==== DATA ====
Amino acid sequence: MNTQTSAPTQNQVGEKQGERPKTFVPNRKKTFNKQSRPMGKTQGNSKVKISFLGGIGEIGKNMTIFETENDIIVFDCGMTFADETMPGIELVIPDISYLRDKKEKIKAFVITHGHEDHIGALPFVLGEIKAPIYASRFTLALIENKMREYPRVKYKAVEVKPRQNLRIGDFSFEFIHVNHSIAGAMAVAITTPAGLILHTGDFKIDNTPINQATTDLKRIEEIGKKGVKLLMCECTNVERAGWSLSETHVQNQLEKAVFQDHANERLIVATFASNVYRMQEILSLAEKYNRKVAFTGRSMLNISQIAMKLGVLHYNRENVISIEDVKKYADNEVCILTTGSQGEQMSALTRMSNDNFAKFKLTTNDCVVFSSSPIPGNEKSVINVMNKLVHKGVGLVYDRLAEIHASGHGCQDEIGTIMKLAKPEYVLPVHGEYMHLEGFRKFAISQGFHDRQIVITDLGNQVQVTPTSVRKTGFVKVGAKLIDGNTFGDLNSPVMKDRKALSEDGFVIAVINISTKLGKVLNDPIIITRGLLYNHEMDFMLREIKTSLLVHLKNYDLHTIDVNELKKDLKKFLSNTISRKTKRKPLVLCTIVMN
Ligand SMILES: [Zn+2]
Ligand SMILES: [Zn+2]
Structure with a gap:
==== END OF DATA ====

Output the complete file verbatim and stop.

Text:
Amino acid sequence: MNTQTSAPTQNQVGEKQGERPKTFVPNRKKTFNKQSRPMGKTQGNSKVKISFLGGIGEIGKNMTIFETENDIIVFDCGMTFADETMPGIELVIPDISYLRDKKEKIKAFVITHGHEDHIGALPFVLGEIKAPIYASRFTLALIENKMREYPRVKYKAVEVKPRQNLRIGDFSFEFIHVNHSIAGAMAVAITTPAGLILHTGDFKIDNTPINQATTDLKRIEEIGKKGVKLLMCECTNVERAGWSLSETHVQNQLEKAVFQDHANERLIVATFASNVYRMQEILSLAEKYNRKVAFTGRSMLNISQIAMKLGVLHYNRENVISIEDVKKYADNEVCILTTGSQGEQMSALTRMSNDNFAKFKLTTNDCVVFSSSPIPGNEKSVINVMNKLVHKGVGLVYDRLAEIHASGHGCQDEIGTIMKLAKPEYVLPVHGEYMHLEGFRKFAISQGFHDRQIVITDLGNQVQVTPTSVRKTGFVKVGAKLIDGNTFGDLNSPVMKDRKALSEDGFVIAVINISTKLGKVLNDPIIITRGLLYNHEMDFMLREIKTSLLVHLKNYDLHTIDVNELKKDLKKFLSNTISRKTKRKPLVLCTIVMN
Ligand SMILES: [Zn+2]
Ligand SMILES: [Zn+2]
Structure with a gap: